Faculty Feature: Kristina Krohn
What are three things you would like to have said about you?
I would love to be known as compassionate, understanding and smart. One of the most difficult and most rewarding things is to help someone else realize their own potential and pursue their own dreams. In order to do that, you have to be able to hear what they really want, see what hurdles they need to overcome and see which ones they need assistance with. People don't realize their full potential when everything is done for them. If I can help someone access the few things they need to be truly successful on their own, that is a pretty awesome feeling.
Often, my involvement in the things that I have done that I am the proudest of is forgotten because the person or entity fully embraces my suggestion or help to the extent that it is fully theirs.
What are three examples of work that you'd like to have featured?
As a student, Bill Stauffer invited me to be the first student to see in on the American Society of Tropical Medicine and Hygiene's executive committee meeting (not as a voting member). During the meeting, the committee asked me why more students weren't involved at ASTMH. I answered honestly, that the fees were too high. Now ASTMH credits its reduced fees for students and for experts from Low and Low-Middle Income Countries as the main reason why they have so much involvement by students, medical providers and scientists from traditionally underrepresented countries.
Working with Health Frontiers in the Lao People's Democratic Republic, I had the privilege to work directly with the Lao government's Pediatric and Internal Medicine residency programs. The people I worked with were dedicated individuals working to better their country's health. None of them had to do a residency. They all wanted to. My main job was to try to connect these motivated individuals with resources to help them accomplish their goals. If possible, I want to continue to work with these amazing people.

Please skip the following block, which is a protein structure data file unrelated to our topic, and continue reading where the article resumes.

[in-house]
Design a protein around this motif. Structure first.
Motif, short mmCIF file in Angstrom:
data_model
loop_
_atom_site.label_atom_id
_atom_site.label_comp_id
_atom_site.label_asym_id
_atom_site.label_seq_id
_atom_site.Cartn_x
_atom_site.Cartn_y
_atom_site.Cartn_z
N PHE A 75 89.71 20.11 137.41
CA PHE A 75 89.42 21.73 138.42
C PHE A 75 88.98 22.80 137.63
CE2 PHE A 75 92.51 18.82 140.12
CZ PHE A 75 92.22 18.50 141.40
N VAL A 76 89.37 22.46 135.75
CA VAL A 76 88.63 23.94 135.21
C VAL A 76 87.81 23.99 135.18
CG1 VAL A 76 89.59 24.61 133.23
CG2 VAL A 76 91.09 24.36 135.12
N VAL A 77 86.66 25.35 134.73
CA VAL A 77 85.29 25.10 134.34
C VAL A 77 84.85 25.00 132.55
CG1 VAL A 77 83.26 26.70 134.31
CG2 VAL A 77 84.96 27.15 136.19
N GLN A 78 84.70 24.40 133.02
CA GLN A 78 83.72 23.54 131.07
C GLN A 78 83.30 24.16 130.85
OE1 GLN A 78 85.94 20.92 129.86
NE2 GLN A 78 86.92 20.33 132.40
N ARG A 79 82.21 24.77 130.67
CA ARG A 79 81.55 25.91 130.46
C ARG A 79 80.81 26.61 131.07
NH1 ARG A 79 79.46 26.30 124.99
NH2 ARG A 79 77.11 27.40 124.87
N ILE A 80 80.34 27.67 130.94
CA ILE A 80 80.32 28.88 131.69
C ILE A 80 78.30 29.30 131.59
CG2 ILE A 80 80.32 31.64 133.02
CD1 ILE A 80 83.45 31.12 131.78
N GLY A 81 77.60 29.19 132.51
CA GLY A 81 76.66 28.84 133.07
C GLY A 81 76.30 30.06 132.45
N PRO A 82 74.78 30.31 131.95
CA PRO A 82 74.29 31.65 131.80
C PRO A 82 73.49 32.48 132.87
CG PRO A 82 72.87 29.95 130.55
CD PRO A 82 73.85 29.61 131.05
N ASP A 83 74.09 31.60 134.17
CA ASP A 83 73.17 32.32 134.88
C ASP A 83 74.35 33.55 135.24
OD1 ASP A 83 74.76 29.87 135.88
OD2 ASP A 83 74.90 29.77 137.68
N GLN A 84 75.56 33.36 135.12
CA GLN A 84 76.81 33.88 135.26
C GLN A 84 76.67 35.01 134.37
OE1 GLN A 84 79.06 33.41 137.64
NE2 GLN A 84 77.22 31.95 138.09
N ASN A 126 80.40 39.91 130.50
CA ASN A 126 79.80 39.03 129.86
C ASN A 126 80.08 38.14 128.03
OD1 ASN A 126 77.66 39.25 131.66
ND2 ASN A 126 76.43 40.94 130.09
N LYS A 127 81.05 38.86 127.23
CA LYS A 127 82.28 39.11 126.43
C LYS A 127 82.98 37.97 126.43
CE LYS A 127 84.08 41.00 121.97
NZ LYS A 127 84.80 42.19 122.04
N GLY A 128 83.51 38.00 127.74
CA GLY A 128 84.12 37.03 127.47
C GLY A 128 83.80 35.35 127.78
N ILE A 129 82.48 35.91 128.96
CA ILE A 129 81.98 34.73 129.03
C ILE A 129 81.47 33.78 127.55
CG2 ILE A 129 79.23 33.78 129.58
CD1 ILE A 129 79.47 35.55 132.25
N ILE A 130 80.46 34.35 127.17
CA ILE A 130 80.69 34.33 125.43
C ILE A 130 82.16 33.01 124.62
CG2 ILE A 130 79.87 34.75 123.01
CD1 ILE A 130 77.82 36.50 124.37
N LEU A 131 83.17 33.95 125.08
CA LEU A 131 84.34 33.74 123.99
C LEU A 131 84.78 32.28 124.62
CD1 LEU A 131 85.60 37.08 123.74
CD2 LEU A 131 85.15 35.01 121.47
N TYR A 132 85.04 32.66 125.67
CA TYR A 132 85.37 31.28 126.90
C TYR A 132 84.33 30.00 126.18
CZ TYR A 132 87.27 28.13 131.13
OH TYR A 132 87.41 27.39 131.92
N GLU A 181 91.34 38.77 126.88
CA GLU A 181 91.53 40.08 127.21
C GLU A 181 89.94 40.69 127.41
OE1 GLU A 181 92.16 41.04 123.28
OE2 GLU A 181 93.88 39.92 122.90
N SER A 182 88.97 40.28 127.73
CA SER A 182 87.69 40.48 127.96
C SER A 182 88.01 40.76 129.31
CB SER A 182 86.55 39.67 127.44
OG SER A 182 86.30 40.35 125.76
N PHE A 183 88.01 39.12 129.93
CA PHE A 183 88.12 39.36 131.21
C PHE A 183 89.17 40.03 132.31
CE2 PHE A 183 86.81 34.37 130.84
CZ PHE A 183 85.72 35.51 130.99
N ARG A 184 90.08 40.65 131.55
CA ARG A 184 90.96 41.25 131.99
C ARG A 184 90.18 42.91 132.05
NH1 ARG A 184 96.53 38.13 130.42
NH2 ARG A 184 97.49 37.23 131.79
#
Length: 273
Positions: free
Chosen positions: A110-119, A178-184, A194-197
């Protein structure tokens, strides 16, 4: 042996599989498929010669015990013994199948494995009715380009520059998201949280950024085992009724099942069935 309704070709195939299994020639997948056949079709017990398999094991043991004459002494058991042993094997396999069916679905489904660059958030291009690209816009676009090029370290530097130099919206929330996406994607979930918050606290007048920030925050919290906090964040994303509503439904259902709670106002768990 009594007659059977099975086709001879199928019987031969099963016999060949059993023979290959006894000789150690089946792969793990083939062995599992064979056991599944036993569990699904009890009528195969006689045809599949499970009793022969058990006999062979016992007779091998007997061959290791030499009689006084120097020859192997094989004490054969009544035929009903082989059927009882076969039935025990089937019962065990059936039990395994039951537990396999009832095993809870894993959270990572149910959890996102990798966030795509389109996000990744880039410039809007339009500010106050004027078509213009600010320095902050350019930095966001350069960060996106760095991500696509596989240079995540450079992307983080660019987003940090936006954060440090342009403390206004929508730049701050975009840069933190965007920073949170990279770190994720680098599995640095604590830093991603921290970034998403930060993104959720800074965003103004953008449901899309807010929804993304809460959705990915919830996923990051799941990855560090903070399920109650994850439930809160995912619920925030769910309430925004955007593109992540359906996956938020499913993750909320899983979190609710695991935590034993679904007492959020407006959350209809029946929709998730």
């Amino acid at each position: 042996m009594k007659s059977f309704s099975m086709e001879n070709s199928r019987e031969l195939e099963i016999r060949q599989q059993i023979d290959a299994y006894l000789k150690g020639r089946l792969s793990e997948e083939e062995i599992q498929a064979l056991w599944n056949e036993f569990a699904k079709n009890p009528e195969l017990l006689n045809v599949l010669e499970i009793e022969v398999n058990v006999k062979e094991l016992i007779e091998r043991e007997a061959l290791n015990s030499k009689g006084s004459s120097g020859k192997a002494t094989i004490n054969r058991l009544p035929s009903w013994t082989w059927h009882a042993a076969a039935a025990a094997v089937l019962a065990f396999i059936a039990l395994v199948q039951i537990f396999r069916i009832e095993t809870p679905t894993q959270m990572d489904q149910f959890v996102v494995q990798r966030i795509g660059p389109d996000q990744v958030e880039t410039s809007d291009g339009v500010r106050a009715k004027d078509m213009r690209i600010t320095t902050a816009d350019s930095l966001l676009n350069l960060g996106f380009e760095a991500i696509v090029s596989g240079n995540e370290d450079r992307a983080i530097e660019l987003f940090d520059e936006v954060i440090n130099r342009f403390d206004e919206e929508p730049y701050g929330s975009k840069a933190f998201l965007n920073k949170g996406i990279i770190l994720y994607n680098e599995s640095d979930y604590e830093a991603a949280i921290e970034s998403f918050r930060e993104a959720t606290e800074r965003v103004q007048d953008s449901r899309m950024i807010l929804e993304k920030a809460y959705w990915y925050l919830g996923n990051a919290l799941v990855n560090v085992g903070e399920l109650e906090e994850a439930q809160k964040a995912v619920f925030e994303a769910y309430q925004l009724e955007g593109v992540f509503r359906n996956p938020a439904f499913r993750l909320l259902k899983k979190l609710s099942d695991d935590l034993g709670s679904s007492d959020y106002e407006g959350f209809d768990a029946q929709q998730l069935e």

Starting the section, "Stories from the Field" in the American Journal of Tropical Medicine and Hygiene, the oldest global health journal out there, has been an inspiring and humbling experience. As scientists and medical providers we study the numbers and stats on why interventions work, but often we joined this field because of our own individual stories and experiences. While the stats are important, I find that often sharing the heartfelt stories that we experience in this field has a greater impact on others and helps regular folks and politicians alike understand why what we do is important. The numbers are correct, our work helps billions of people, but it also stems from our hearts and the day to day relationships we have with one another.
The Faculty Feature highlights a member of the Global Medicine faculty each month. Want to suggest a faculty member to feature? Email Beth.